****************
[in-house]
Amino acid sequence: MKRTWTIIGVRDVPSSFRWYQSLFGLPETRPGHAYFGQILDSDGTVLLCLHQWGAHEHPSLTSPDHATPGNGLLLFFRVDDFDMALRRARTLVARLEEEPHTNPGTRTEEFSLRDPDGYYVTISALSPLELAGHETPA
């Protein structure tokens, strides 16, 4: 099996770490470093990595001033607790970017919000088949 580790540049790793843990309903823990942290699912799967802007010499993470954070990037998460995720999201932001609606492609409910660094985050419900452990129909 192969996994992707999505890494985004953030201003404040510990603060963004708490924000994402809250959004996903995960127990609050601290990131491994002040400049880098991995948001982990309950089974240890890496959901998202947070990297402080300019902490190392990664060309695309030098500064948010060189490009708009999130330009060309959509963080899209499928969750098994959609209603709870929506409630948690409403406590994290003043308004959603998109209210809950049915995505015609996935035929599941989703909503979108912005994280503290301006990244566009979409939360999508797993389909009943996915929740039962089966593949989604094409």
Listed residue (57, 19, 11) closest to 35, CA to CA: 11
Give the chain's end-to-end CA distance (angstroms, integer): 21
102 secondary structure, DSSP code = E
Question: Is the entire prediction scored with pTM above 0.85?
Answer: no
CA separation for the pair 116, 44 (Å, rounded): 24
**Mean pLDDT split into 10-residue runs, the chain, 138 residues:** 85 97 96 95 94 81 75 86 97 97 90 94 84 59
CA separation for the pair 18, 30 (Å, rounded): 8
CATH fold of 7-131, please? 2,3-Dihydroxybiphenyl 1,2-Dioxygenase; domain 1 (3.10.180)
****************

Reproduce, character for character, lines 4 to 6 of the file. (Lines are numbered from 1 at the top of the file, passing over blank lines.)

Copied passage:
Listed residue (57, 19, 11) closest to 35, CA to CA: 11
Give the chain's end-to-end CA distance (angstroms, integer): 21
102 secondary structure, DSSP code = E